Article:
I wondered about the disinheriting part, too. If he doesn’t want his children to get his estate, then surely he has to leave it to *someone* else.

          1. MigraineMonth*

            I understand that Ben doesn’t want the kids involved in the business, but could he leave money to them after his death (preferably as some sort of trust that could pay their housing)? It seems like that might be a good point of leverage (since Ben seems unwilling to cut them off while he is alive).

          2. Smithy*

            It’s either someone – and then an evaluation of how good that answer is. Maybe the someone is invested and involved. Maybe that someone only plans to engage following Ben’s passing. Who knows. But an assessment can be made if the OP knows the answer.

            But from my only family….there have been times when it comes to inheritance when the answer is “worse than you had previously imagined.” And for a man who has taken the steps to disinherit his children but also still lets them live on his property – taking a step like letting his estate go into to probate in the hopes that they’d get their act together and fight for it…..doesn’t seem like an option beyond the pale.

          3. Asenath*

            Or state that it is to be sold up with the rest of his estate, and the proceeds given to, say, a home for cats or other charity – ideally, one with the funds to hire a lawyer and the ability to deal with the harassment.

    3. Nea*

      I like the co-owner suggestion above. It keeps a business going, keeps LW in her job, while also giving LW the power to file her own complaints with the police instead of waiting for Ben to “do something” that isn’t being done.

    4. ferrina*

      I’m also curious about what Ben’s plan is for where he and his adult children currently live. LW says they live on the property. When Ben passes, will that property all go to the company? When his children don’t get the house, how much harder will it be to get them off the property?

      I agree with A Poster Has No Name- I don’t think his kids will go meekly.

      1. Wintermute*

        exactly there’s roughly 0% chance they just walk away, they feel way too entitled. The best case scenario is a long and ugly eviction fight where they may actually prevail, the worst case scenario is violence and/or arson.

      2. Hibiscus*

        I would bet there is no plan and there is no will. Ben may plan to work until he’s dead, but he’s in his 70s and a sensible man would have tied everything up and let someone know, like another child or grandchild who works in the business or LW as general manager, or something. But LW really indicates they are the day to day manager/driving force and Ben doesn’t know the ins and outs of the service agreements or the software that dispatches, inventory, etc. That coupled with two agents of chaos living on the property, with their dad, makes me think that yeah, Ben has not really disinherited them or planned for the future–he’s leaving an expensive mess for the lawyer/executor to clean up.

    5. Aspiring Chicken Lady*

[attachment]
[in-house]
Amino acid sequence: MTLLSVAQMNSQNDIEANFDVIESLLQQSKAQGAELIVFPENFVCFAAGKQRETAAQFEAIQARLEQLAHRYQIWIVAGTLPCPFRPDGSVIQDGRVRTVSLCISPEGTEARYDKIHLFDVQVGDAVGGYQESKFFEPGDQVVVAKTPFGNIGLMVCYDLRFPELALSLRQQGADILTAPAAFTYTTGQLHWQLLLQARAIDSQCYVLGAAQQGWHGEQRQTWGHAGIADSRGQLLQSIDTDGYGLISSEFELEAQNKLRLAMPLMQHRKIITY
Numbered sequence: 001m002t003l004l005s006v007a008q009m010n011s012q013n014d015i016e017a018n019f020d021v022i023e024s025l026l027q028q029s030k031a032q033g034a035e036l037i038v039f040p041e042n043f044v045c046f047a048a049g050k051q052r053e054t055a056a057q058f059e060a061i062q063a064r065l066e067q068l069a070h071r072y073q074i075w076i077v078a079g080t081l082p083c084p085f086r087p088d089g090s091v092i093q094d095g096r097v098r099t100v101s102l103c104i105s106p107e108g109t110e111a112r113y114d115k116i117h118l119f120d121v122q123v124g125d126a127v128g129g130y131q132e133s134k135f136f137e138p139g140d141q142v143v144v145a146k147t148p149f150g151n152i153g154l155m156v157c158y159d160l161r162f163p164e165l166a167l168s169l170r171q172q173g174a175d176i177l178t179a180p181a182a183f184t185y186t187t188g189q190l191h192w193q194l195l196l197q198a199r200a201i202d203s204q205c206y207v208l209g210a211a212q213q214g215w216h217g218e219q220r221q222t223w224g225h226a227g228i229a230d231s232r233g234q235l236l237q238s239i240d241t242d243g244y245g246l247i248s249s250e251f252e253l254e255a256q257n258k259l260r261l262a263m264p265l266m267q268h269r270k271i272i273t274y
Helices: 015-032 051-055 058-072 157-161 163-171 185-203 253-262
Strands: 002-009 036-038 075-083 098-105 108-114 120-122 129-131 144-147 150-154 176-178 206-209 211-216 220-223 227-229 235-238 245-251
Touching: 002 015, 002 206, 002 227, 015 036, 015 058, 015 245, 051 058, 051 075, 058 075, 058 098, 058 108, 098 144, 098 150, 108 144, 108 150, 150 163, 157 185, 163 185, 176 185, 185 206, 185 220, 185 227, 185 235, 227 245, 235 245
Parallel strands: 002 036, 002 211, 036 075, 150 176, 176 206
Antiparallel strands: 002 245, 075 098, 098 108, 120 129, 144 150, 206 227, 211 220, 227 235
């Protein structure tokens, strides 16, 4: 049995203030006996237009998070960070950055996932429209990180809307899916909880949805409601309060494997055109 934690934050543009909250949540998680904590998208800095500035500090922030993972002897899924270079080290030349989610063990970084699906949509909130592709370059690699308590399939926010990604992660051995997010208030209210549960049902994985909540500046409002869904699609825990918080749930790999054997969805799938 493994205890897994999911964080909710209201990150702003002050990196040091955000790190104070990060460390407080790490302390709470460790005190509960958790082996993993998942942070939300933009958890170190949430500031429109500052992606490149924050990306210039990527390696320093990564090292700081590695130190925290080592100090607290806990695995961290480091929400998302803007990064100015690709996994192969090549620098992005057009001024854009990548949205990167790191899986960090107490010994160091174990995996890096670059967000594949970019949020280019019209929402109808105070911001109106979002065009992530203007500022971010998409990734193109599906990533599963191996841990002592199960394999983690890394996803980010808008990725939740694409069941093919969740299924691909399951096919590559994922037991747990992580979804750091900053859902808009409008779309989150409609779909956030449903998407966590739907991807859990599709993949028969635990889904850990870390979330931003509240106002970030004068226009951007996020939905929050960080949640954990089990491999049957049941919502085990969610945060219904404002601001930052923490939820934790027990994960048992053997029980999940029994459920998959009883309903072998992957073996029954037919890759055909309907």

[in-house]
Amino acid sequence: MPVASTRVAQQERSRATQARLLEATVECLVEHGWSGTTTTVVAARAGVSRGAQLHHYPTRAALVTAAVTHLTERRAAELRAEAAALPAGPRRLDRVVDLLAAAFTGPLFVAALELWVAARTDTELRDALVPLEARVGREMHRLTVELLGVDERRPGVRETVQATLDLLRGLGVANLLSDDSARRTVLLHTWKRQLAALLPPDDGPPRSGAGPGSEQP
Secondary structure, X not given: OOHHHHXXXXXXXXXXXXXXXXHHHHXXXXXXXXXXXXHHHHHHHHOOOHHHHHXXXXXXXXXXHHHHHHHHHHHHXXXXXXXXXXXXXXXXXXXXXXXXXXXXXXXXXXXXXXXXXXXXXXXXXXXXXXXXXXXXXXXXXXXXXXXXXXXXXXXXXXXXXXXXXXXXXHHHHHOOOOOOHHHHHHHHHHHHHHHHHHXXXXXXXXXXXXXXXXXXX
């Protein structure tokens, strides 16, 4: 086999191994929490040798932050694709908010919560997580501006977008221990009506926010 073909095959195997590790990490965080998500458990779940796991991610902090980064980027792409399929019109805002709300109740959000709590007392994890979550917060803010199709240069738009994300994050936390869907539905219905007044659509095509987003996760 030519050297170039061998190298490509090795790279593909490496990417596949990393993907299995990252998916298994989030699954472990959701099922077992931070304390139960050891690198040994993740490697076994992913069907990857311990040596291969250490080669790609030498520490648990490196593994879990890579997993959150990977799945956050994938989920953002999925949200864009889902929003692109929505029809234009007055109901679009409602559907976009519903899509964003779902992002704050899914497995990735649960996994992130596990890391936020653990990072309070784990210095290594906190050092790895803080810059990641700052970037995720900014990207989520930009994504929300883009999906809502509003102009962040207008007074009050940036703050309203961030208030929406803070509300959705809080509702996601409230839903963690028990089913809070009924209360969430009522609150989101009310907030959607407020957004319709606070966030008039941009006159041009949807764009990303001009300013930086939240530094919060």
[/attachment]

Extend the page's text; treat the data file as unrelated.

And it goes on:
I think this is the conversation to have.

      “Hey Ben, I’ve been giving this a lot of thought and am concerned about the future of the business. I know you want to die with your boots on, but I’m worried that this great business that is providing such value to our community and to our employees will get chewed up by drama if your kids make trouble after you go.

      I have loved working here and would hate to leave, but your kids are really making it hard on all of us, both at work and in private. Do you have a person in mind who wants to take over the business? Maybe you could do a partnership now so that things are in place to protect your legacy.

      I am concerned that I will have to leave if things continue along the path they’re on now.”

    6. Onward*

      Seriously, though. If he dies tomorrow, what happens to the business and, by extension, the employees? If he’s just engaged in some magical thinking here that this would never happen, he’s leaving his employees in a real lurch.

    7. RagingADHD*

      If, god forbid, he handles his succession plan the same way he handles people abusing his employees, then he will have a hodgepodge of legal documents that will eat up the bulk of the estate (and the business’ assets) in legal & accountancy bills to sort out after he’s gone.

      The employees will probably not get paid for months at a time while everything is tied up in probate and there is no authorized signatory on the bank account. And of course, most or all of them will have to find other jobs because who can afford to wait that long to get paid?

      The business will lose contracts because there will be nobody authorized to sign off on major decisions. And ultimately, there won’t be a business left for anyone to inherit anyway.

      Maybe not. Maybe he’s dealt with things better than that. But the avoidance and denial are strong here.

      1. LW/OP*

        I do have signatory authentication on the business accounts and write checks every day. I also get the payroll done. I feel confident that I can get people paid if the owner does get sick or, God forbid, pass away. I don’t know how much good that would do for the rest of the issues though because no one would work for the family if he passes

    8. Rosa*

      These two were described as two OF his adult kids. So there is presumably at least one other who is not an addict and who will inherit.

  5. Lena Clare*